There is a vast selection of orchid varieties to use for orchid houseplants. These varieties provide a range of colors. According to the American Orchid Society, some gardeners will only grow one or two orchids initially, but soon their homes are filled with a variety of orchids as they become avid orchid gardeners. Learning some basic orchid growing tips enables you to have thriving orchids throughout the year.
Orchids require ample light in order to maintain their green foliage and bloom. The ideal color for orchid leaves is a light-green. Dark green leaves, yellow leaves and blotchy leaves are indicators of improper lighting. According to the American Orchid Society, allow orchids to obtain as much morning light as possible. Increase air flow and humidity in rooms with orchids to give additional light without risking leaf burn or the plants becoming too hot.
Water for orchids is a little tricky. The key is to keep the soil moist without creating a soggy medium. Higher house temperatures and direct sun exposure require additional humidity for orchid houseplants to flourish. According to the American Orchid Society, it is better to underwater orchids than to over-water.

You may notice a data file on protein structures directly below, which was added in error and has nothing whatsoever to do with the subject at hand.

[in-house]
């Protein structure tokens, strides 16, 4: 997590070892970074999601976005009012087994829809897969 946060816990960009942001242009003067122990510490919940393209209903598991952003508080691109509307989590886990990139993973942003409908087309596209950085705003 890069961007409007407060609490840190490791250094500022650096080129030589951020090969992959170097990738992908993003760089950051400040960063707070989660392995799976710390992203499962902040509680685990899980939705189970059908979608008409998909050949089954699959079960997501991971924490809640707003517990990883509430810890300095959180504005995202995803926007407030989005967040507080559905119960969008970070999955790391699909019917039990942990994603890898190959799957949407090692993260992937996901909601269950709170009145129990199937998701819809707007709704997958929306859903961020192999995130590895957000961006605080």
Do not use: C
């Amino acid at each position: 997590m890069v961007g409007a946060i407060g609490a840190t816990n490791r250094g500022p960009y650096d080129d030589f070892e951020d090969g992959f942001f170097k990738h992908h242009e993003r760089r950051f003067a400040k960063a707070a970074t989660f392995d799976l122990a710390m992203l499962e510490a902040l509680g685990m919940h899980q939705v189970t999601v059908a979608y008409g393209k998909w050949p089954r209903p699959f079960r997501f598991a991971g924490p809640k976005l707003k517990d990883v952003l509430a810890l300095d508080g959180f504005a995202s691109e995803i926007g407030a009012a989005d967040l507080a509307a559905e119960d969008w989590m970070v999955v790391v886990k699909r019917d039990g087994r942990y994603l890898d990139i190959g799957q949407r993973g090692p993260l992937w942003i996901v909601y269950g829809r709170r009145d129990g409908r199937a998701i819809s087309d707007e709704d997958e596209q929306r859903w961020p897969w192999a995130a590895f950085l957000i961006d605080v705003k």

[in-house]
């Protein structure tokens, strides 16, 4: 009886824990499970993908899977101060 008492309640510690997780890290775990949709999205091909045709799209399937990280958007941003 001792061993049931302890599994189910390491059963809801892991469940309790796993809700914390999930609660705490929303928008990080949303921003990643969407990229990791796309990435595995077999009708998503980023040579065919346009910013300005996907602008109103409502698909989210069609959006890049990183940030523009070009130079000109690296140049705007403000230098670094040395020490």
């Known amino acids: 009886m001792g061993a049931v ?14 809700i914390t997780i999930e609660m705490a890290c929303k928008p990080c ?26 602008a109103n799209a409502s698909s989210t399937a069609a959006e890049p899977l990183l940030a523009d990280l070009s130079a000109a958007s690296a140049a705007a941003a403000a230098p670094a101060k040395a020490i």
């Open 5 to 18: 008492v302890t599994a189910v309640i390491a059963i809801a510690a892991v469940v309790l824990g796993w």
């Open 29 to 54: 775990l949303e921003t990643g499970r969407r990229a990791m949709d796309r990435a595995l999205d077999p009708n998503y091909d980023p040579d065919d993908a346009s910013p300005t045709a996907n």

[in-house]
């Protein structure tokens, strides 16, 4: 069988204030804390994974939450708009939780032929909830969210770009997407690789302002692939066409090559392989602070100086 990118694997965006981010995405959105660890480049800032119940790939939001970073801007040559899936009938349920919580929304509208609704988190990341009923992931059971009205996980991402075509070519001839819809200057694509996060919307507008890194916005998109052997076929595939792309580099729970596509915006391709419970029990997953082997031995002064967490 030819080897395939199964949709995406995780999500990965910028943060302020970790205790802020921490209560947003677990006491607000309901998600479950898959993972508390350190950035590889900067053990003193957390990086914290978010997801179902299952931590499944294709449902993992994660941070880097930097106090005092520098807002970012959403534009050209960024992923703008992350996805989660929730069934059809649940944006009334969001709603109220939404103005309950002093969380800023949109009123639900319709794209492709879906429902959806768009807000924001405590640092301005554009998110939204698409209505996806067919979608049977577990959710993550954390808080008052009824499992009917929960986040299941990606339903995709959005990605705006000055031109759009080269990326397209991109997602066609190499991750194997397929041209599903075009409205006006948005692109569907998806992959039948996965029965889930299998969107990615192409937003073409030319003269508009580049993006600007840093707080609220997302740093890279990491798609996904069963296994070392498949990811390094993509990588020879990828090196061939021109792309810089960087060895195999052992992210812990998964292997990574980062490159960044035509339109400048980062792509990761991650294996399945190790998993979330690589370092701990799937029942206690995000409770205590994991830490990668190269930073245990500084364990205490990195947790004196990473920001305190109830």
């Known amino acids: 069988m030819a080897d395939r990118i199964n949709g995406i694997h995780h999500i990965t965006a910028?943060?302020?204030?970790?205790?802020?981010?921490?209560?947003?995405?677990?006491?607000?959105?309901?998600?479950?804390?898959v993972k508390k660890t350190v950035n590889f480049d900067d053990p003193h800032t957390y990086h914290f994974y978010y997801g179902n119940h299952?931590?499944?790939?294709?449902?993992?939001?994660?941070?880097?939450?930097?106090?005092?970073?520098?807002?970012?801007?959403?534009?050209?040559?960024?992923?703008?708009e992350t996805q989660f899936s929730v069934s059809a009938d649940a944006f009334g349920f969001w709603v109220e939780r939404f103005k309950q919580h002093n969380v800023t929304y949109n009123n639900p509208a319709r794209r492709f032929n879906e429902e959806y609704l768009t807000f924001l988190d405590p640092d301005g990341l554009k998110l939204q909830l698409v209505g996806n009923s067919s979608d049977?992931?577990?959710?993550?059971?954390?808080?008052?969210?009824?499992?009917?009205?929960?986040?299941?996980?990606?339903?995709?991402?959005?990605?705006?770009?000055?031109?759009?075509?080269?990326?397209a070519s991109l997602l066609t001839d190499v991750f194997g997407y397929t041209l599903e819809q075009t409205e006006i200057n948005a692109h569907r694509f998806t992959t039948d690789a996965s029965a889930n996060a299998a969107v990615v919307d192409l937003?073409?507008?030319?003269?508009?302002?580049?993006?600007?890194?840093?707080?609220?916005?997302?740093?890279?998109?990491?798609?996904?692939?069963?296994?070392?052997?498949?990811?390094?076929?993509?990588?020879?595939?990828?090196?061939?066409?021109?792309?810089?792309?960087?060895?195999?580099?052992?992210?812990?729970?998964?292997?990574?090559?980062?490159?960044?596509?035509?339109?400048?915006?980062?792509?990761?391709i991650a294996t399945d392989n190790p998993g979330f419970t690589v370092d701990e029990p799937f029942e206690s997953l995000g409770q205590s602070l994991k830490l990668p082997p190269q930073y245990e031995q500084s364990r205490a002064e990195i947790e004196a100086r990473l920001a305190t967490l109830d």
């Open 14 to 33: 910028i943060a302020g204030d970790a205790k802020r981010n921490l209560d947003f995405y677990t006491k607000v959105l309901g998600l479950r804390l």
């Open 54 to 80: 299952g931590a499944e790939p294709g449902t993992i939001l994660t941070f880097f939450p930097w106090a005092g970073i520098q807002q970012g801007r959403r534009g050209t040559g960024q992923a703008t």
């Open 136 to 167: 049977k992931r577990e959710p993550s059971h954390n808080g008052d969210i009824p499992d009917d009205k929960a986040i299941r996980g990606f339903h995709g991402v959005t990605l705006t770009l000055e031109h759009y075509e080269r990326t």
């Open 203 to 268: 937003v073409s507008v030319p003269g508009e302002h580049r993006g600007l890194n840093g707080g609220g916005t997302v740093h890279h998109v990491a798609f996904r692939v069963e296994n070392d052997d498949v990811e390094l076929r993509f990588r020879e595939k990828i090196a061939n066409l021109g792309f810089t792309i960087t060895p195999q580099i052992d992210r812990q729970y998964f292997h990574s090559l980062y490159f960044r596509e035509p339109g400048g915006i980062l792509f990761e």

Check the weight of the pot or test the soil for moisture weekly to determine if the plant needs watering. Water the base of the plant under tepid tap water and allow drainage. Orchid containers can rest on beds of pebbles or rocks filled with water for additional humidity.
Orchids require potting soil that will hold a little water but drain well. Heavier soils tend to hold too much water and increase the risk of root rot.
The American Orchid Society recommends using diluted fertilizer mixture of 20-20-20 fertilizer without any urea content each time growers water orchid houseplants. Only water wet soil to prevent burning the plants.
The general rule of thumb for repotting orchids is to examine the root area. Crowded foliage area is not a problem, unless there is no room for the roots. Roots that grow outside the pot or plants with weakening root systems need repotting.
Orchids grow offsets or keiki. Growers will notice these on the orchid plant with small roots protruding from them. Cut the keiki off of orchid and place in an appropriate pot to propagate. According to the American Orchid Society, it takes one to three years for keiki to mature enough to produce blooms.